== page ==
Monday, August 5, 2013

Race & The Limits of Libertarian Populism (Part III)

Reader JG offered this wonderful response to my first post on libertarian populism, suggesting that I was too lenient on Douthat:
Douthat's thoughtful. He's certainly not seething or unhinged or downright nihilistic in the way that so many on the right are these days. It's just that his ideas seem completely impractical to me. He operates under this peculiar pundit-class delusion that the American public would endorse an actual libertarian agenda. But we live in a country where even red-state conservatives can't stomach giving up their Medicare. And didn't the right-wing plan to privatize social security go down in flames a few years back? I just don't see real libertarian policies like these--policies that would rollback the key portions of the welfare state--having any kind of significant purchase on public opinion.

But without workable libertarian policies, Douthat would be left with his "country" small-r republicanism, with the populist portion of his two-headed beast. And in so many ways this eighteenth-century country republicanism is already with us, animating the worst paranoid, xenophobic, and atavistic tendencies in the American psyche. As you know, the tradition that Douthat wants to harness was powered by a very strong dose of conspiratorial thinking--the kind that saw, with the passage of every excise tax, the dark hands of Power strangling Liberty's fragile neck. And that tradition--the one that sees in Obama a socialist overlord, the one that sees immigrants as a serious danger to white privilege--seems alive and sadly well on the American right.
I think this is right and it links what I wrote in my last post—"the vast majority of voters want a national bulwark against the insecurities of the market. They want social safety net programs."—with race and white privilege, the most glaring issues with this fantasy of libertarian populism.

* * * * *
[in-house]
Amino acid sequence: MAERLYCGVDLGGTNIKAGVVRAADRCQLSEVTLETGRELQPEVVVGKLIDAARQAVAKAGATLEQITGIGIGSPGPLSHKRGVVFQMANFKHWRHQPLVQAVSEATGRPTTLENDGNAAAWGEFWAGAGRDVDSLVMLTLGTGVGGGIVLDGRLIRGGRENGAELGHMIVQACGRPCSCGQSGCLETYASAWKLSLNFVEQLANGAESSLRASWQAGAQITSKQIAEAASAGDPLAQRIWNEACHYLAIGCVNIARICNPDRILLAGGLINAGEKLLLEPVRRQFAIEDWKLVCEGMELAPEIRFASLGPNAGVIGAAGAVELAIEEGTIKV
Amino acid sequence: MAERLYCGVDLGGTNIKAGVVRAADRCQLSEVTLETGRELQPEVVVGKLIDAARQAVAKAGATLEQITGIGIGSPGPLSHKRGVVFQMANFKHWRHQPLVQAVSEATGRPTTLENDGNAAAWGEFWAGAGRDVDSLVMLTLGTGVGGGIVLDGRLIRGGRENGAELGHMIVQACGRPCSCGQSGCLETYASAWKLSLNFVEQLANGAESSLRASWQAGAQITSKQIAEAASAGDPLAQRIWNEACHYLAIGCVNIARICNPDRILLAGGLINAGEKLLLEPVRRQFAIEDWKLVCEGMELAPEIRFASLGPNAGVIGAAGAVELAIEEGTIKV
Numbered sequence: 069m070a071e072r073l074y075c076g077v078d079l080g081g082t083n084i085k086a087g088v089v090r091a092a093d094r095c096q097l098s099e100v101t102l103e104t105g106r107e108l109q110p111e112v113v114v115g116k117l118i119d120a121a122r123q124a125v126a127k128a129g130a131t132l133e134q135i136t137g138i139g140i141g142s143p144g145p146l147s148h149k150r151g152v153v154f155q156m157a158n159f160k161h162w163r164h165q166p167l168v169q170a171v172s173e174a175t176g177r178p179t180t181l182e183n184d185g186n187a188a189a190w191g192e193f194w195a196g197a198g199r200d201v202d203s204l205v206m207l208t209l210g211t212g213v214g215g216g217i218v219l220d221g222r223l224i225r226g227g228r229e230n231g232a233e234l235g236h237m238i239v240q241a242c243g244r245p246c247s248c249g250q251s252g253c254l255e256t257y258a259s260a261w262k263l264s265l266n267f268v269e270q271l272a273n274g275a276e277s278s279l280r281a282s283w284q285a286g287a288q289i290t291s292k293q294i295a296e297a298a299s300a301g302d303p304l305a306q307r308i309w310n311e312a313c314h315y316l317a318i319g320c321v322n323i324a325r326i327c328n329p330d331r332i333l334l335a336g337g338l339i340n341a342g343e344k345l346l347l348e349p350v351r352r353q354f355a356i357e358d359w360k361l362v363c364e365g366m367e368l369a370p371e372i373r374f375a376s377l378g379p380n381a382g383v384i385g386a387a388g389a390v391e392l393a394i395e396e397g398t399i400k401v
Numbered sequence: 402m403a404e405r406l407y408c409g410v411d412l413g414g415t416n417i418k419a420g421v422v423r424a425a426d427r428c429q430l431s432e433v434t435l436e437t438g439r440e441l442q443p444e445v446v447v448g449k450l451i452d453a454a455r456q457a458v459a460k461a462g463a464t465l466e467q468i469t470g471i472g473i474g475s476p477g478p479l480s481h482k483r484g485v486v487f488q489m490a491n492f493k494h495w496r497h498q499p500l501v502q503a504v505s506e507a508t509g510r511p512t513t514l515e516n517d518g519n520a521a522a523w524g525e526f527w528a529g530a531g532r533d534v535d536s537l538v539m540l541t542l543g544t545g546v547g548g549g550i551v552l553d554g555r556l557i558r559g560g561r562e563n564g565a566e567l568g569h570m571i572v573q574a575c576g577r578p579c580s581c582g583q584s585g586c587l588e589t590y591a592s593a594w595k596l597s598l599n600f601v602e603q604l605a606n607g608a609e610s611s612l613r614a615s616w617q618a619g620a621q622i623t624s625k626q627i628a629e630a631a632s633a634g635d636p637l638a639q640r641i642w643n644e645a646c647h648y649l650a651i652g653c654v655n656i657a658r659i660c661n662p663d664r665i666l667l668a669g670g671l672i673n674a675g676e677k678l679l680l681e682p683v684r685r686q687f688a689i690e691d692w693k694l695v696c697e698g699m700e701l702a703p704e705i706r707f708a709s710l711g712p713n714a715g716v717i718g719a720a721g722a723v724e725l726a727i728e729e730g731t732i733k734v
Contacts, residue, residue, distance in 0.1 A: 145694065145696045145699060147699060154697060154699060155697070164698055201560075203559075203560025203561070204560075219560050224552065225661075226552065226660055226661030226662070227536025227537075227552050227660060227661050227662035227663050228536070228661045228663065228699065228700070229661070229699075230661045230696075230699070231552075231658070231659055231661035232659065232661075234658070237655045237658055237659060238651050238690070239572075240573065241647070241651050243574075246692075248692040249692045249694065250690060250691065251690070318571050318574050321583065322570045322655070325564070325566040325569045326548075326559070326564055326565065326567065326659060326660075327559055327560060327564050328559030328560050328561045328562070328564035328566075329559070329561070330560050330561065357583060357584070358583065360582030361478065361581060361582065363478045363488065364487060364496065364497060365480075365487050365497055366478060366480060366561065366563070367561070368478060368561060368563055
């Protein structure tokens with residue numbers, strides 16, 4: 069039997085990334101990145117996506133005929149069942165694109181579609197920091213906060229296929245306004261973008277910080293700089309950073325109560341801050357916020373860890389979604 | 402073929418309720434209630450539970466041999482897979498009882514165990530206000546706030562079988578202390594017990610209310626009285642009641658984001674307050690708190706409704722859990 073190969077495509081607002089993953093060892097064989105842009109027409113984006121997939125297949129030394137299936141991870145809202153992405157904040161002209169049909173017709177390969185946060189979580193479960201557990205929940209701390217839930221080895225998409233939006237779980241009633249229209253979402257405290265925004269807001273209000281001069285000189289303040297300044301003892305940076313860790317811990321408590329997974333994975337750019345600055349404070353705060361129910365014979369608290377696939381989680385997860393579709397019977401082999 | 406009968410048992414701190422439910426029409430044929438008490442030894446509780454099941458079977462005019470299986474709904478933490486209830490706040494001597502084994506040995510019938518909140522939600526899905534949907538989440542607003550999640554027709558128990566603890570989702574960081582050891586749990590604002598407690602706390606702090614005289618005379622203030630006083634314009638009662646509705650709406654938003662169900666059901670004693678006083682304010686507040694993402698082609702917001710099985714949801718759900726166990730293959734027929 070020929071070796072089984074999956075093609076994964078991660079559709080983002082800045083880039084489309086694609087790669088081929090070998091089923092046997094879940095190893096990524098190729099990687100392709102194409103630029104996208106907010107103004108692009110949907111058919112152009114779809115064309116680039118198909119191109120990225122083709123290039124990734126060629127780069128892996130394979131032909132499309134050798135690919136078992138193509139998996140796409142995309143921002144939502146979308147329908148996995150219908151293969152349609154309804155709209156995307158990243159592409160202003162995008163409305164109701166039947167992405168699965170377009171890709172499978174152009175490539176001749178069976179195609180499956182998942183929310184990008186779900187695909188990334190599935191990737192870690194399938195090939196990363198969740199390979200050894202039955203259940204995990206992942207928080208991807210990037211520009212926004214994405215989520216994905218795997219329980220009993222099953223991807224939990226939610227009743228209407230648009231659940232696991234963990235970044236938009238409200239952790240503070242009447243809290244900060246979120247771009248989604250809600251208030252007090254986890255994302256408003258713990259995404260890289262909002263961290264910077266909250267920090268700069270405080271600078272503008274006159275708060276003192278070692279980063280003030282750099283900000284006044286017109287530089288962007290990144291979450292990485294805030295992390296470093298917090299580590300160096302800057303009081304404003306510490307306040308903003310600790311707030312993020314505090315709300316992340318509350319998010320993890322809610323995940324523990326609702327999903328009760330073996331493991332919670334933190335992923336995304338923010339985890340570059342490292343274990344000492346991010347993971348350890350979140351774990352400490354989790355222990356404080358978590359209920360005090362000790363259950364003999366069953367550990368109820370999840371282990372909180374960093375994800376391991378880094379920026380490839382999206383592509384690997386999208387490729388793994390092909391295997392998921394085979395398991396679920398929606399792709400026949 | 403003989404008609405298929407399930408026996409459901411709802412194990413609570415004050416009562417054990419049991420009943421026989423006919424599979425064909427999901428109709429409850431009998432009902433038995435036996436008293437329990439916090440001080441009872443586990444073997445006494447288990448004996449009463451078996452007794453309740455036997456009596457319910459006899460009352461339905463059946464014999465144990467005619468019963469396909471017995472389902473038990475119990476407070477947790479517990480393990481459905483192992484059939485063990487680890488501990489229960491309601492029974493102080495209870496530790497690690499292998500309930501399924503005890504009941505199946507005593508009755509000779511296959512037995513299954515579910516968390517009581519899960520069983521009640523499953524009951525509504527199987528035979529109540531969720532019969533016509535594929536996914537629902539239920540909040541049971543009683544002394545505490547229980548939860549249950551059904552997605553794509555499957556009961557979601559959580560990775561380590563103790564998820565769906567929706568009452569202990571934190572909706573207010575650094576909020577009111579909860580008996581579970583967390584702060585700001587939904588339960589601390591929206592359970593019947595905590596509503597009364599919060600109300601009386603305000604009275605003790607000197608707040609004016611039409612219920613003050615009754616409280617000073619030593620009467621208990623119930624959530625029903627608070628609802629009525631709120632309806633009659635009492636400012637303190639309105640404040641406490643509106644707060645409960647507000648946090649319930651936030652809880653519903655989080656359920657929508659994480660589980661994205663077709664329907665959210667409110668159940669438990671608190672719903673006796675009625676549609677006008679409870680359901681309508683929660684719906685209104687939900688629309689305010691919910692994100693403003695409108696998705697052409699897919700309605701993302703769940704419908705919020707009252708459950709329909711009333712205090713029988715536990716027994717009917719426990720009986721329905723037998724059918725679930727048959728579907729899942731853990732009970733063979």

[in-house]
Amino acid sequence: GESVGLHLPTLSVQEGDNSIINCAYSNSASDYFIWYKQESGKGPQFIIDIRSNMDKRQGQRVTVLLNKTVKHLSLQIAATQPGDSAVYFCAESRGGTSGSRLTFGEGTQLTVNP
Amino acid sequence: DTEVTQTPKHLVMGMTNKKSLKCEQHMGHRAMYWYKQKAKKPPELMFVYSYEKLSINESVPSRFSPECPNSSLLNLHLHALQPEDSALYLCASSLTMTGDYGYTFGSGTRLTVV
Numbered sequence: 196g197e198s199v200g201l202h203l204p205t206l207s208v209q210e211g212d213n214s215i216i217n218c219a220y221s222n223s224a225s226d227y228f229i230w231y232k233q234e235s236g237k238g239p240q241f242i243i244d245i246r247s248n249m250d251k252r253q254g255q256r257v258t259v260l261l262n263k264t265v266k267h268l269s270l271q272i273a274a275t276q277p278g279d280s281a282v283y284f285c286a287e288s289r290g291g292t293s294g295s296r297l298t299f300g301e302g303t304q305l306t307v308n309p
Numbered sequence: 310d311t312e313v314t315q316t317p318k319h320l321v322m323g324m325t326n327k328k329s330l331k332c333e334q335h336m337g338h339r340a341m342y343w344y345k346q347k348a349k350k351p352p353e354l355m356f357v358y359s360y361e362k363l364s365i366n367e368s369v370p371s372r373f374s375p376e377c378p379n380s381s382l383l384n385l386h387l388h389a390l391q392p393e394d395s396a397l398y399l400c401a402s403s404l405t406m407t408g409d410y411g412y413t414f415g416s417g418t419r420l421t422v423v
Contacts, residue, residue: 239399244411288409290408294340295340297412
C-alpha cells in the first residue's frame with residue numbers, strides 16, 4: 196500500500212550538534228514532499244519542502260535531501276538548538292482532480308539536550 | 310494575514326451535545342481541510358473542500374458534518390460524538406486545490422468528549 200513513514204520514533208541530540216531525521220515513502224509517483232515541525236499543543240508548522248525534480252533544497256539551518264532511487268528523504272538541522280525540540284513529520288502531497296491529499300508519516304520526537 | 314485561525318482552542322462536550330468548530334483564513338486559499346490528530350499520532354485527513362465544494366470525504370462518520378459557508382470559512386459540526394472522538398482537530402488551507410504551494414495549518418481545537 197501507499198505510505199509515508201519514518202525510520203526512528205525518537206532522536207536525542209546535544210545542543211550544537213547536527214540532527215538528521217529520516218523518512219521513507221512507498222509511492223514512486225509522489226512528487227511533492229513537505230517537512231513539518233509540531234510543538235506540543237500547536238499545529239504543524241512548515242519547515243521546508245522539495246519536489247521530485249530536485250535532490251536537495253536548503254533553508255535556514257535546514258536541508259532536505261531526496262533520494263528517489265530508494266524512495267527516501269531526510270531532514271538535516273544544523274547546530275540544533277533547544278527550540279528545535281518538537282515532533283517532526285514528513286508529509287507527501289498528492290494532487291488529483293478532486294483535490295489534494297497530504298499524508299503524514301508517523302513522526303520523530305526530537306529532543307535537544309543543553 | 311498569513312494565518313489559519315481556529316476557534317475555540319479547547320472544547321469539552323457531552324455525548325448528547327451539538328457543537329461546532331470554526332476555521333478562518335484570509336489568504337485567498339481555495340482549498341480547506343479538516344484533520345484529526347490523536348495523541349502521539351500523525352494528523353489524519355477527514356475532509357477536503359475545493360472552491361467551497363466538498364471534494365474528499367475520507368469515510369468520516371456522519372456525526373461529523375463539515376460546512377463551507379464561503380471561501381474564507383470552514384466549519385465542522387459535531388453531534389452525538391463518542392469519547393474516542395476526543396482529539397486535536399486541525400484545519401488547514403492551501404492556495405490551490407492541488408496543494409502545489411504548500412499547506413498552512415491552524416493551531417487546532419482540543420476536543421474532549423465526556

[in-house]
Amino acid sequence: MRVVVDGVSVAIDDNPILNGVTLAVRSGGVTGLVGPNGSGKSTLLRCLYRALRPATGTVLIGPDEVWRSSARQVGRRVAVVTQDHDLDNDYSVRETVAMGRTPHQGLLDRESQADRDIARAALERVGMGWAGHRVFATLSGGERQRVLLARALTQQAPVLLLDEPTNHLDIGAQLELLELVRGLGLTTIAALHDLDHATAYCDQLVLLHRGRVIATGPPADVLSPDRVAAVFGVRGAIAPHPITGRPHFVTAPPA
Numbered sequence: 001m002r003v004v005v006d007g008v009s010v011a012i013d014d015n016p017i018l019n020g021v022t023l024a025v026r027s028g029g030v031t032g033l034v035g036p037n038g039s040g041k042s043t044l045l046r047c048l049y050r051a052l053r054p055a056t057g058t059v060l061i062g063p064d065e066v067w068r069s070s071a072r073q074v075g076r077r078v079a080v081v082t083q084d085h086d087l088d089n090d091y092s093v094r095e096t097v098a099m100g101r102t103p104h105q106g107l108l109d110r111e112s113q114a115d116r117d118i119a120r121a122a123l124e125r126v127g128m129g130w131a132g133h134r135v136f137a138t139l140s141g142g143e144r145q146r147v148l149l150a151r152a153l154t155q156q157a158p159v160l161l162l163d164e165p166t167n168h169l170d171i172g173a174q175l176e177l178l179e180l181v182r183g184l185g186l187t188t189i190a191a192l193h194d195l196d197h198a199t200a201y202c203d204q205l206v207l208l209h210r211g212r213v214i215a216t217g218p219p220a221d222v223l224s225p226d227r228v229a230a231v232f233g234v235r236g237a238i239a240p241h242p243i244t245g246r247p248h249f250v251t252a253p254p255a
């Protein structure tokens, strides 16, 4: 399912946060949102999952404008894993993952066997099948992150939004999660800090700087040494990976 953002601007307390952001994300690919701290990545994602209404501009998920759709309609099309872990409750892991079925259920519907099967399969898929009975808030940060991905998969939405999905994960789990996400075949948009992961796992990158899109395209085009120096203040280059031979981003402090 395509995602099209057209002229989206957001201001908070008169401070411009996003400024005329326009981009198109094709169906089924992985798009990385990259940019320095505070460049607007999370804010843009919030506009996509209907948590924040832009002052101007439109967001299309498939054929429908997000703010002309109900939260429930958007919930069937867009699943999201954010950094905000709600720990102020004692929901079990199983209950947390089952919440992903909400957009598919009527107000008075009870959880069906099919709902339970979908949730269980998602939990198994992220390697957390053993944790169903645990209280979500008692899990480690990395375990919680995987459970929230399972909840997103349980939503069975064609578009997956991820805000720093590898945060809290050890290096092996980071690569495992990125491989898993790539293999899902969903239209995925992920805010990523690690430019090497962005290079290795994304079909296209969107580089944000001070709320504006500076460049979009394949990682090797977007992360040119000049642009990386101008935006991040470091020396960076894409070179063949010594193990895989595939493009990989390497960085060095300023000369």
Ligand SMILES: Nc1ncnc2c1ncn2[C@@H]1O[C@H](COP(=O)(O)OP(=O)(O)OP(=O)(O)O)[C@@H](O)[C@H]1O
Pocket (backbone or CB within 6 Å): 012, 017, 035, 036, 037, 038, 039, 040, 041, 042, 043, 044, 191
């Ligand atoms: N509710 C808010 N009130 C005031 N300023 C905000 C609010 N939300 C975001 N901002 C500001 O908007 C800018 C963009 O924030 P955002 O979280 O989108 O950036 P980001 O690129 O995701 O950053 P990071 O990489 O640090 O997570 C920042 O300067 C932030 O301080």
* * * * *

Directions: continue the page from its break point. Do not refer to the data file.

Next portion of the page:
It is one of the first lessons in American history that populist movements have always been weakened or split by racial strife. The Populists of the 1890s made a pass at political union across racial boundaries, bringing
Tom E. Watson, Senator from Georgia
black and white farmers, especially landless farmers, together to unseat the power of moneyed interests and unchecked capital. In 1892, the southern politician Tom Watson described the state of black-white relations so:
You are kept apart that you may separately fleeced of your earnings. You are made to hate each other because upon that hatred is rested the keystone of the arch of financial despotism which enslaves you both. You are deceived and blinded that you may not see how this race antagonism perpetuates a monetary class system that beggars both.
But Watson could not hold to this line for very long. In 1896, the Populists nominated him for Vice President on a ticket with William Jennings Bryan, but Bryan was also the Democratic Party nominee and they had nominated Arthur Sewell, a banker, as their Vice Presidential candidate. Bryan ignored Watson during the campaign as the Democrats bought Populist support with the promise of patronage. Watson, becoming ever more desperate, sunk back into the same language of race-baiting that had defined southern politics since the end of the Civil War.

That the conversations about libertarian populism today ignore race altogether is staggering, considering that the racial divide in politics remains definitive. Without lower middle class white support, especially in the South, the Republican Party would be non-existent. The same could be said of black and Latino support for the Democratic Party. Looking around the political landscape, I don't see any latter-day Tom Watsons on the right wing side, building a cross-racial coalition to defy Wall St. and big government. Does anyone else? (Not a rhetorical question... write in and let me know if you think such a pol is out there.)